Fertilizing your lawn means you’ve come into your own. It’s the rite of passage few talk about, and even fewer achieve. Fertilizer keeps grass healthy and green, and helps prevent weed growth. But…who teaches us these things? Read on and find the mystery of lawn fertilization revealed…
- Fertilizer Spreader
Step 1: Choose a Fertilizer
Finding the right fertilizer for your lawn is not only the first step, but can also be the hardest. Fertilizers come in different forms, and pack different nutrient punches for different types of grass. Here’s a quick run-down, but please…ask your Waters lawn expert. They know what they’re doing and want to help you cross over into the world of fertilizer.
Smart Tip: Take a picture of your grass up close and far away…bring it into our lawn experts and let them turn that weedy sparse lawn into the lush little thing it’s been dying to become.
The most common types of fertilizers are: granular and liquid.
Granular fertilizer, the most commonly used, is often slow-releasing and can provide nutrients for up to six months. Spread granular fertilizer with a broadcast spreader. This particular type of spreader covers the most area evenly and quickly. You can also spread granular fertilizer by hand or with a hand spreader. This is ideal for small areas of turf where a broadcast spreader would deliver too much fertilizer for the area.
Liquid fertilizers usually are quickly absorbed into the soil and easy to use with a garden hose or spray bottle. Both types come in organic and synthetic formulations. Note that synthetic fertilizers usually don’t work as long as organic choices but often work quicker. To apply liquid fertilizer, follow manufacturer’s instructions on how to prepare the fertilizer (they require dilution). Turn on the water to your hose and then open the valve on the fertilizer bottle. Walk at a slow, steady pace to cover the entire lawn evenly, spraying from side to side.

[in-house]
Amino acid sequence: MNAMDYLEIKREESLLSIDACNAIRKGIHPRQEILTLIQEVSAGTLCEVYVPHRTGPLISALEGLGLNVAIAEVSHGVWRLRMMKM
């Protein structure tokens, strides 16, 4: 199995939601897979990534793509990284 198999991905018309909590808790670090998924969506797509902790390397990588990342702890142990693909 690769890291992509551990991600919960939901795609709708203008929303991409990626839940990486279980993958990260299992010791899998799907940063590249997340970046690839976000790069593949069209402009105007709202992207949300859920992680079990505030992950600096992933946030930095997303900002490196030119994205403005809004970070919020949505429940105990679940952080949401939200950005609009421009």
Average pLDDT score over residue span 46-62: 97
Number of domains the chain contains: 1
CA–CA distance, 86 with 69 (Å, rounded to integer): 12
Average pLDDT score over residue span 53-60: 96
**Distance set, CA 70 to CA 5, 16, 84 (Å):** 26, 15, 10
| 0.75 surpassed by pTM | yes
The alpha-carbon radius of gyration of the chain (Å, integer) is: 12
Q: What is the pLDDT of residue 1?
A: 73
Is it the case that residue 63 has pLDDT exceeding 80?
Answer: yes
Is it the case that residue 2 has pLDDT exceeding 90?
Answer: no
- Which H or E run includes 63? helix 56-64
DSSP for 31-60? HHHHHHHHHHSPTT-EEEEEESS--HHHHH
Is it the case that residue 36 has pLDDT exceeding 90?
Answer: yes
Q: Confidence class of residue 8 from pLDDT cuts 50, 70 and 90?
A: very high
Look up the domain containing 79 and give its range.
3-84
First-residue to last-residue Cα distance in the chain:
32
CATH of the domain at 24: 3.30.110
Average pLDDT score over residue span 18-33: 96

A balanced lawn fertilizer contains equal proportions of nitrogen, phosphorus and potassium (don’t fall asleep on me!). This is indicated by the nutrient ratios on the package. For example: 10-10-10. This particular ratio indicates that it is a good, general-purpose lawn fertilizer formula. Some types of grass in particular regions may require different formulations. For example, some lawns may not need much or any of a particular nutrient, such as phosphorus. In these situations, an unbalanced fertilizer is appropriate. (Remember – you don’t have to do this alone! Come into Waters and we’ll walk you through it.)
Now, to help you feel really competent:
- Nitrogen helps grass stay green and thick and is the most important of the nutrients to help grass grow well.
- Phosphorus keeps grass roots healthy and strong.
- Potassium keeps grass blades strong and resilient, protecting them from drought and damage from insects and disease.
Helpful Tips: To ensure you are using the correct type of fertilizer, purchase a soil testing kit to determine your soil’s pH and existing nutrient levels. Use a “starter” fertilizer for lawns less than two years old.
You should fertilize your lawn at the very least once a year. Ideally though, you should fertilize at least twice — once in the fall, at the end of the growing season and once in the spring, before growing season. Some lawns may require an application in the middle of the growing season.
Step 2: Apply!
Measure your yard in square feet. Instructions on the fertilizer package will inform you of how many pounds or ounces (for liquid fertilizers) per square feet need to be applied. For reference, 10 lbs. per 1,000 sq. feet is a common application.
If using granular fertilizer, don’t fill the spreader hopper over your lawn (been there, done that). The fertilizer can spill, and in high concentrations, actually harm the grass instead of helping it.
Apply the fertilizer in the same way you would mow your lawn. The fertilizer drops from the hopper and is dispersed as you move. Keep a slow, steady pace. Read your spreader’s manufacturer’s instructions for exact directions on how to use it. Many models allow you to set the amount that is dispersed. Be careful that you don’t over-fertilize by checking the fertilizer package to verify the recommended spreader setting.
See, there’s nothing to it really. And a good rule of thumb is to just start. Your grass wants fertilizer. It will love you for trying. And when in doubt, stop by and see us, that’s what we’re here for!